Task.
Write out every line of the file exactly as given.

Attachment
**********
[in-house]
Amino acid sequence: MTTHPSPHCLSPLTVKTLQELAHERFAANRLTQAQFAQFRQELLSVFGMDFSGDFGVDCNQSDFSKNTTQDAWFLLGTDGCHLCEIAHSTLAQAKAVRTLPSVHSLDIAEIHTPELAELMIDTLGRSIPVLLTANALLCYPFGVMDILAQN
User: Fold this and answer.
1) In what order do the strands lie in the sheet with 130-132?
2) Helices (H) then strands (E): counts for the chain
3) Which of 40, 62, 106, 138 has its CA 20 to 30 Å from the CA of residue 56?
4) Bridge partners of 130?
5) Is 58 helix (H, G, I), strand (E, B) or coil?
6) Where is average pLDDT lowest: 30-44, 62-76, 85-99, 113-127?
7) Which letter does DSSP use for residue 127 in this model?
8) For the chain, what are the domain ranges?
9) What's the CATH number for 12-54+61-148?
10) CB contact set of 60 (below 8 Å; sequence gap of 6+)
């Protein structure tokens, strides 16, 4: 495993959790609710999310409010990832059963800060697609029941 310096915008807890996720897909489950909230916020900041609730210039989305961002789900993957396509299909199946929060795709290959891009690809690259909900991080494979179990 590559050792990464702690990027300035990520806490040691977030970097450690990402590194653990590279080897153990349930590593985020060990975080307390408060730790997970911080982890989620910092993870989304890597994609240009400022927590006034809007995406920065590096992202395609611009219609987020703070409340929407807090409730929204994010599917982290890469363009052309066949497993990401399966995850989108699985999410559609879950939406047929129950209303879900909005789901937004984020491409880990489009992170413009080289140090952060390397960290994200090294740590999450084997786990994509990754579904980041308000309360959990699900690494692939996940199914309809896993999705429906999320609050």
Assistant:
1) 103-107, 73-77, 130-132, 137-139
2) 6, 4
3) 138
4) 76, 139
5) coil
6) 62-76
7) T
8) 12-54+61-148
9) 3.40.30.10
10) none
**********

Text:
[in-house]
Amino acid sequence: MTTHPSPHCLSPLTVKTLQELAHERFAANRLTQAQFAQFRQELLSVFGMDFSGDFGVDCNQSDFSKNTTQDAWFLLGTDGCHLCEIAHSTLAQAKAVRTLPSVHSLDIAEIHTPELAELMIDTLGRSIPVLLTANALLCYPFGVMDILAQN
User: Fold this and answer.
1) In what order do the strands lie in the sheet with 130-132?
2) Helices (H) then strands (E): counts for the chain
3) Which of 40, 62, 106, 138 has its CA 20 to 30 Å from the CA of residue 56?
4) Bridge partners of 130?
5) Is 58 helix (H, G, I), strand (E, B) or coil?
6) Where is average pLDDT lowest: 30-44, 62-76, 85-99, 113-127?
7) Which letter does DSSP use for residue 127 in this model?
8) For the chain, what are the domain ranges?
9) What's the CATH number for 12-54+61-148?
10) CB contact set of 60 (below 8 Å; sequence gap of 6+)
């Protein structure tokens, strides 16, 4: 495993959790609710999310409010990832059963800060697609029941 310096915008807890996720897909489950909230916020900041609730210039989305961002789900993957396509299909199946929060795709290959891009690809690259909900991080494979179990 590559050792990464702690990027300035990520806490040691977030970097450690990402590194653990590279080897153990349930590593985020060990975080307390408060730790997970911080982890989620910092993870989304890597994609240009400022927590006034809007995406920065590096992202395609611009219609987020703070409340929407807090409730929204994010599917982290890469363009052309066949497993990401399966995850989108699985999410559609879950939406047929129950209303879900909005789901937004984020491409880990489009992170413009080289140090952060390397960290994200090294740590999450084997786990994509990754579904980041308000309360959990699900690494692939996940199914309809896993999705429906999320609050």
Assistant:
1) 103-107, 73-77, 130-132, 137-139
2) 6, 4
3) 138
4) 76, 139
5) coil
6) 62-76
7) T
8) 12-54+61-148
9) 3.40.30.10
10) none